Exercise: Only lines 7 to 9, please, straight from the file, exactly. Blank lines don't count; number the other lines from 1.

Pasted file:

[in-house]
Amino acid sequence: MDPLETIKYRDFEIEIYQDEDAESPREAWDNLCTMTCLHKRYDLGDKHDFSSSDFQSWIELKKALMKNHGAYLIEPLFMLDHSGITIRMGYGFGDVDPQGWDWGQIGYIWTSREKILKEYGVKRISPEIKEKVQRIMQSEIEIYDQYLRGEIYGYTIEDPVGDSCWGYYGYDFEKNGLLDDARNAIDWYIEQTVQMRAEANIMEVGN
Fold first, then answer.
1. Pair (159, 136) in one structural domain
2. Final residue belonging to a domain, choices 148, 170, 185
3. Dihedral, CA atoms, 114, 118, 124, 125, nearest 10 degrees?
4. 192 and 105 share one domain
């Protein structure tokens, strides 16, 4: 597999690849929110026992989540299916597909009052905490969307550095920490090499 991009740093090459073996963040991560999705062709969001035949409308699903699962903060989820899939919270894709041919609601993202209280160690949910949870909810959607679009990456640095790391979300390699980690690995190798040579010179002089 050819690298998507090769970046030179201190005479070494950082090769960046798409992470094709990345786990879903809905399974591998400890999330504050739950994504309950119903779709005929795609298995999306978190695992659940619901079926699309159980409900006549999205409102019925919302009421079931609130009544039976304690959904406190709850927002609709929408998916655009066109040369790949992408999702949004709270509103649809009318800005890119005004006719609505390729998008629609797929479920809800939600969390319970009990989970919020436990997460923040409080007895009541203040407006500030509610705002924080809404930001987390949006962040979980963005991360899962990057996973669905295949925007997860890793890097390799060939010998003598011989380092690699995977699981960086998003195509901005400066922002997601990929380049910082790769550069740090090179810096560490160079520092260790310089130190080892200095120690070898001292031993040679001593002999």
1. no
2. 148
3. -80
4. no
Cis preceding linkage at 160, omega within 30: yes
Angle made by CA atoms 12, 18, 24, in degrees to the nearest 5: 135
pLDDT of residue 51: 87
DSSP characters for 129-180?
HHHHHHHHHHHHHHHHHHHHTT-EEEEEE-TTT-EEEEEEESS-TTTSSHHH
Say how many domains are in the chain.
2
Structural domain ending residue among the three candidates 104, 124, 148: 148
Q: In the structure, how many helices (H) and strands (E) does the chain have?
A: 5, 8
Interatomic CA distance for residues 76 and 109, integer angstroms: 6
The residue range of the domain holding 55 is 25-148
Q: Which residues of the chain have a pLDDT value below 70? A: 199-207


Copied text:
4. 192 and 105 share one domain
């Protein structure tokens, strides 16, 4: 597999690849929110026992989540299916597909009052905490969307550095920490090499 991009740093090459073996963040991560999705062709969001035949409308699903699962903060989820899939919270894709041919609601993202209280160690949910949870909810959607679009990456640095790391979300390699980690690995190798040579010179002089 050819690298998507090769970046030179201190005479070494950082090769960046798409992470094709990345786990879903809905399974591998400890999330504050739950994504309950119903779709005929795609298995999306978190695992659940619901079926699309159980409900006549999205409102019925919302009421079931609130009544039976304690959904406190709850927002609709929408998916655009066109040369790949992408999702949004709270509103649809009318800005890119005004006719609505390729998008629609797929479920809800939600969390319970009990989970919020436990997460923040409080007895009541203040407006500030509610705002924080809404930001987390949006962040979980963005991360899962990057996973669905295949925007997860890793890097390799060939010998003598011989380092690699995977699981960086998003195509901005400066922002997601990929380049910082790769550069740090090179810096560490160079520092260790310089130190080892200095120690070898001292031993040679001593002999």
1. no